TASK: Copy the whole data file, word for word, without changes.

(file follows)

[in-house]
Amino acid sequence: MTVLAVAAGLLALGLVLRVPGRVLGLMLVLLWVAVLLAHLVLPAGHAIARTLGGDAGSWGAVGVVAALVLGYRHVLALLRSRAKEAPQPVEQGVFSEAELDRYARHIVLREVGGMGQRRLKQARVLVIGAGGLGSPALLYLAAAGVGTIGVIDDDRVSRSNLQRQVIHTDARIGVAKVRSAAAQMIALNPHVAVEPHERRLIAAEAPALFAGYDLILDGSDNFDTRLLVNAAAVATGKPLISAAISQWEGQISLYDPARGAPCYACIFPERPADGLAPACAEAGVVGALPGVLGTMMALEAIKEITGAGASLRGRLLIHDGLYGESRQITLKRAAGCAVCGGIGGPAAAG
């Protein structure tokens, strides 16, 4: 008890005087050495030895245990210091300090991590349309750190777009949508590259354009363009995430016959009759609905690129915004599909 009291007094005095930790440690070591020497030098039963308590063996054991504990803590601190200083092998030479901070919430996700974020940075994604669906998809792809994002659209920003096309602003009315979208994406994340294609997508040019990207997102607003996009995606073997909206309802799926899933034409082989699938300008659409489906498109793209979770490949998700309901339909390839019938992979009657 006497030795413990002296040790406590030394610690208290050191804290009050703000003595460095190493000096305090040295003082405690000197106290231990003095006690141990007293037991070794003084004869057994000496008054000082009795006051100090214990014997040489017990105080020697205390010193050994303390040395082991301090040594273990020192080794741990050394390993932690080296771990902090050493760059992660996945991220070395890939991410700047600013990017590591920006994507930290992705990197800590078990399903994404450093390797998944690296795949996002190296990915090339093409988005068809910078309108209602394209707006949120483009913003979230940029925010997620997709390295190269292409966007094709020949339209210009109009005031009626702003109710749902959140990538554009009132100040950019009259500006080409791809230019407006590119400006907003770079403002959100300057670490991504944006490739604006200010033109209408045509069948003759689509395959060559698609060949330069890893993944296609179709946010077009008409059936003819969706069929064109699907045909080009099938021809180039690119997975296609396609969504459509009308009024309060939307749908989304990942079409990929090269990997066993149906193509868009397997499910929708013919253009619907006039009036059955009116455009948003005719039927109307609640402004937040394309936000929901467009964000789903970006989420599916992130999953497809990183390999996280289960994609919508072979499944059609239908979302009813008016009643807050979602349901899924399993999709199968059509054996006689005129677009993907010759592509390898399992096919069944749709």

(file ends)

[in-house]
Amino acid sequence: MTVLAVAAGLLALGLVLRVPGRVLGLMLVLLWVAVLLAHLVLPAGHAIARTLGGDAGSWGAVGVVAALVLGYRHVLALLRSRAKEAPQPVEQGVFSEAELDRYARHIVLREVGGMGQRRLKQARVLVIGAGGLGSPALLYLAAAGVGTIGVIDDDRVSRSNLQRQVIHTDARIGVAKVRSAAAQMIALNPHVAVEPHERRLIAAEAPALFAGYDLILDGSDNFDTRLLVNAAAVATGKPLISAAISQWEGQISLYDPARGAPCYACIFPERPADGLAPACAEAGVVGALPGVLGTMMALEAIKEITGAGASLRGRLLIHDGLYGESRQITLKRAAGCAVCGGIGGPAAAG
């Protein structure tokens, strides 16, 4: 008890005087050495030895245990210091300090991590349309750190777009949508590259354009363009995430016959009759609905690129915004599909 009291007094005095930790440690070591020497030098039963308590063996054991504990803590601190200083092998030479901070919430996700974020940075994604669906998809792809994002659209920003096309602003009315979208994406994340294609997508040019990207997102607003996009995606073997909206309802799926899933034409082989699938300008659409489906498109793209979770490949998700309901339909390839019938992979009657 006497030795413990002296040790406590030394610690208290050191804290009050703000003595460095190493000096305090040295003082405690000197106290231990003095006690141990007293037991070794003084004869057994000496008054000082009795006051100090214990014997040489017990105080020697205390010193050994303390040395082991301090040594273990020192080794741990050394390993932690080296771990902090050493760059992660996945991220070395890939991410700047600013990017590591920006994507930290992705990197800590078990399903994404450093390797998944690296795949996002190296990915090339093409988005068809910078309108209602394209707006949120483009913003979230940029925010997620997709390295190269292409966007094709020949339209210009109009005031009626702003109710749902959140990538554009009132100040950019009259500006080409791809230019407006590119400006907003770079403002959100300057670490991504944006490739604006200010033109209408045509069948003759689509395959060559698609060949330069890893993944296609179709946010077009008409059936003819969706069929064109699907045909080009099938021809180039690119997975296609396609969504459509009308009024309060939307749908989304990942079409990929090269990997066993149906193509868009397997499910929708013919253009619907006039009036059955009116455009948003005719039927109307609640402004937040394309936000929901467009964000789903970006989420599916992130999953497809990183390999996280289960994609919508072979499944059609239908979302009813008016009643807050979602349901899924399993999709199968059509054996006689005129677009993907010759592509390898399992096919069944749709």